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Possibly Important, Definitely Flawed
am 5. Januar 2000
Poet Robert Bly takes the Brothers Grimm's fairy tale of the wild man and his foster son and turns it into an extended metaphor for an archetypal initiation into manhood, asserting that modern men are victims of a culture that fails to connect boys with older male mentors. The book is a mix of amateur pop psychology, ecumenical syncretism of the Joseph Campbell variety, and a heavy dose of '80's-era political-correctness. Together with Sam Keen's "A Fire in the Belly" it was one of the bibles of the short-lived 'Men's Movement' of the early '90's.
A 'new' male model emerged in the '70's; 'sensitive guys', who painfully discovered that male sensitivity is not valued in this (or indeed any) culture, by either men OR women. The traditional male, confident, dominating and aggressive, continues to be the desired ideal. Why do so many men come down with sensitivity, and what can be done about it?
According to Bly, in halcyon days of yore boys were initiated into the true nature of manhood either deliberately by cultural rites or incidentally by working alongside their fathers. He blames the industrial revolution for causing a disconnection ("Iron John" contains a great deal of digressive social criticism and liberal finger-wagging) and asserts that modern men are now raised by women without the necessary immediacy of bonding with older males. The book is full of symbolism and poetry conveying a bleak picture of male emotional wounds.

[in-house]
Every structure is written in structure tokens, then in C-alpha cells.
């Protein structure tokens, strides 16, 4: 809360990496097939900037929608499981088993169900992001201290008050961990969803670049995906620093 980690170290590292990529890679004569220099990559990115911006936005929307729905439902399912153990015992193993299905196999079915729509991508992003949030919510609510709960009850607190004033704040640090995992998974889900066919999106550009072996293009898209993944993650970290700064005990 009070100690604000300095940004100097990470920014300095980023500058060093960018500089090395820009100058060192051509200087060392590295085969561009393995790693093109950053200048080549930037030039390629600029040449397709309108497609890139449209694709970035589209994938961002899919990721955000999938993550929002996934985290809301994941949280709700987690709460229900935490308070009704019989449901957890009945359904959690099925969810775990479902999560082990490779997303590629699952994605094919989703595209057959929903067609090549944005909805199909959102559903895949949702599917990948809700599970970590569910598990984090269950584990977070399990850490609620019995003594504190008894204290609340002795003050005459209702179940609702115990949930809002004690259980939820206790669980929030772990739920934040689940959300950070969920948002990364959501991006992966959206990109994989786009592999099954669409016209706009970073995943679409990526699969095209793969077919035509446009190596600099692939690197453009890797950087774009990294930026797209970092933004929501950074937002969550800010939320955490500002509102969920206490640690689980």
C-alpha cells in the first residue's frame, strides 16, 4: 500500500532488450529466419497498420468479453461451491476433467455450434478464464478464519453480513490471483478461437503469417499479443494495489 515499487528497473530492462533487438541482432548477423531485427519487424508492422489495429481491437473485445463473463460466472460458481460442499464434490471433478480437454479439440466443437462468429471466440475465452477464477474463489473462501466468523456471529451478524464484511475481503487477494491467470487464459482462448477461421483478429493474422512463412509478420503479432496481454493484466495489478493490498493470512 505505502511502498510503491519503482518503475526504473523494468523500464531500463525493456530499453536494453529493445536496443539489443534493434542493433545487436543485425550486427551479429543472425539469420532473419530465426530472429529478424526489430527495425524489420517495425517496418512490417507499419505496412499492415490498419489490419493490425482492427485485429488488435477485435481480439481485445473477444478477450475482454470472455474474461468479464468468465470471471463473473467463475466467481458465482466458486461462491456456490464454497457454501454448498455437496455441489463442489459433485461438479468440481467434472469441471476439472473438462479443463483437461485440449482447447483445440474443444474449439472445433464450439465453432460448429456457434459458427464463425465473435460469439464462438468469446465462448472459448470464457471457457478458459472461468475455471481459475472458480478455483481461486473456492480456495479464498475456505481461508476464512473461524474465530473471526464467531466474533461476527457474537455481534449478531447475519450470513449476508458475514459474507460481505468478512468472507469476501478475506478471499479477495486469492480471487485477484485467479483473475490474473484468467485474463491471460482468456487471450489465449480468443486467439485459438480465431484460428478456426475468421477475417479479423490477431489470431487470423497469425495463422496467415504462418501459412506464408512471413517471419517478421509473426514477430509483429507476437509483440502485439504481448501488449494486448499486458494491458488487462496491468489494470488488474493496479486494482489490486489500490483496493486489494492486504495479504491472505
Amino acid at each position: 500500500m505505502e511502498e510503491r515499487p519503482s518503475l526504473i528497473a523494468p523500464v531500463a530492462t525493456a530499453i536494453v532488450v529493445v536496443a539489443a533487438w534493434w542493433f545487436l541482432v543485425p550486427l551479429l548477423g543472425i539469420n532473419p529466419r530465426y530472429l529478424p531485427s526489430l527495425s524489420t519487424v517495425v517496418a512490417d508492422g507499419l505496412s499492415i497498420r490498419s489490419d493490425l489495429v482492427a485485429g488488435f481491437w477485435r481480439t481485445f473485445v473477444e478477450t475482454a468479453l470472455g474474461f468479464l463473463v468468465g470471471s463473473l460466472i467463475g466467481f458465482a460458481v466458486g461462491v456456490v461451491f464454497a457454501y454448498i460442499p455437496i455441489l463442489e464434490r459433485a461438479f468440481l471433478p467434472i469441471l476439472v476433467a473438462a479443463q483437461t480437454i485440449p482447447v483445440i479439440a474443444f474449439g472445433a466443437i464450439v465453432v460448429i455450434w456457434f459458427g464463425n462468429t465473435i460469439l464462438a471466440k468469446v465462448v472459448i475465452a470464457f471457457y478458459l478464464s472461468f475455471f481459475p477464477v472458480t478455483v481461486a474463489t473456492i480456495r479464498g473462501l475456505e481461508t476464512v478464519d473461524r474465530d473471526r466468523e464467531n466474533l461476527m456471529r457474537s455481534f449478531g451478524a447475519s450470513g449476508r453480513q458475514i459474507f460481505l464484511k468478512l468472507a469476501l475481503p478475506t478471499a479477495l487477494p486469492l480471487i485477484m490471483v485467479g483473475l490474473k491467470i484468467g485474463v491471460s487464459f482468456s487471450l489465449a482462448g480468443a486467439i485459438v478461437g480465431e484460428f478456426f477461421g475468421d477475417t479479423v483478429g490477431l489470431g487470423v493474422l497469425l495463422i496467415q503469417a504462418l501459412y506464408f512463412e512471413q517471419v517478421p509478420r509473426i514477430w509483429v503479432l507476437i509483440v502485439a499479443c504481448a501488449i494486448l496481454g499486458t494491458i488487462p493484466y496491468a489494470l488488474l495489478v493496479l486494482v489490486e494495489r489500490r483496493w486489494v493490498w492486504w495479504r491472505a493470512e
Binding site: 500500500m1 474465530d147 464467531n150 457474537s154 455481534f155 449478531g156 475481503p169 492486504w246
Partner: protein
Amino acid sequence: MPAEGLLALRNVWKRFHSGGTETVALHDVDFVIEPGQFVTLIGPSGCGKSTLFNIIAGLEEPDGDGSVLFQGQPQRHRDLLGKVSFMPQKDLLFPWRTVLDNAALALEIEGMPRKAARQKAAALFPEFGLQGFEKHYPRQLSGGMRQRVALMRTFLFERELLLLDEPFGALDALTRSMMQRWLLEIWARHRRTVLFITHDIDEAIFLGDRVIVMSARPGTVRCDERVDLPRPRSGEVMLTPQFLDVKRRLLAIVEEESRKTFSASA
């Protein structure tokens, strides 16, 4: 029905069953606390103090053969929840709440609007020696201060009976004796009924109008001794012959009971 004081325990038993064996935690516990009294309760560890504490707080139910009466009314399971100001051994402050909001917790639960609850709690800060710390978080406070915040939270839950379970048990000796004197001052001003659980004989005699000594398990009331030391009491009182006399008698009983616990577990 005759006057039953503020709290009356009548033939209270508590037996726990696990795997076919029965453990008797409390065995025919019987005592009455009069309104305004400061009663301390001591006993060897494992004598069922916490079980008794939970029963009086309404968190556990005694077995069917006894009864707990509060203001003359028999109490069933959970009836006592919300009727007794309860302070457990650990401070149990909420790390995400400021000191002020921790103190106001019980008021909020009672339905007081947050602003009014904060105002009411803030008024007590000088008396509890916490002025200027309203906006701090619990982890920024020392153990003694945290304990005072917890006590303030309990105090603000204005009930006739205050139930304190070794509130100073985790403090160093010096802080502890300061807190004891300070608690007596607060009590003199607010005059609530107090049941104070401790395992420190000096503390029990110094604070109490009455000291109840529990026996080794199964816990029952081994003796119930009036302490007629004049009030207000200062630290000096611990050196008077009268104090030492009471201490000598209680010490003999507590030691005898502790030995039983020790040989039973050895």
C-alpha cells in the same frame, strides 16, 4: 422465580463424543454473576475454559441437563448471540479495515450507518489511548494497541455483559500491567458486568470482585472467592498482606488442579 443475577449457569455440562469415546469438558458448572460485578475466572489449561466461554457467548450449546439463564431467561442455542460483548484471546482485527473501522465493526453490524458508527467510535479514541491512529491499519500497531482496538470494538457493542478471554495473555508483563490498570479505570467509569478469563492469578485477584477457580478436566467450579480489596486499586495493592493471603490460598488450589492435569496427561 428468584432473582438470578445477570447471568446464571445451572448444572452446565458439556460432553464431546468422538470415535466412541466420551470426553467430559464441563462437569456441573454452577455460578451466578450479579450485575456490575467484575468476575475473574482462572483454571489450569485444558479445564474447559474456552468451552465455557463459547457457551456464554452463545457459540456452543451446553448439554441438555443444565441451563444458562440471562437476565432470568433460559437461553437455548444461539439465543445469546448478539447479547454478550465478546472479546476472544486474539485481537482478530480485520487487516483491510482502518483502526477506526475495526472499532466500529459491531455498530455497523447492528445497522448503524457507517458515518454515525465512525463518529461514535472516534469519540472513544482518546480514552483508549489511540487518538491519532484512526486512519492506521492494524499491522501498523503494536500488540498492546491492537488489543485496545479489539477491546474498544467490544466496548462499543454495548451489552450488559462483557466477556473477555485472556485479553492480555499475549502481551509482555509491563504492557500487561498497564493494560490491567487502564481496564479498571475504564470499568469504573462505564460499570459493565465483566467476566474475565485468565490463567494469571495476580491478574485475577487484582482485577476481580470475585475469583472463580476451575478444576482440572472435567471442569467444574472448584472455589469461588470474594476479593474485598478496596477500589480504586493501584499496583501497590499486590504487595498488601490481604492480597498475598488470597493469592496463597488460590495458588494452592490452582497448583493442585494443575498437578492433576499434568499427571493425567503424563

Bly touches on issues many men obviously find important, but he offers no real solutions beyond the vaguely-sketched initiation process that emerges from his discursive interpretation of the title fairy tale. All men are victims in his view, especially those who think they aren't! He is fearful of offending feminists and tries to placate their presumed disapproval by qualifying his call for wildness with obsequious proclamations of allegience to feminist theory. He expends a good deal of blame on traditional conservative targets, and new-agers are also targets for scorn. If you find victimization theory attractive this book may have something to offer, but it's a view not exactly symbolic of strength and empowerment.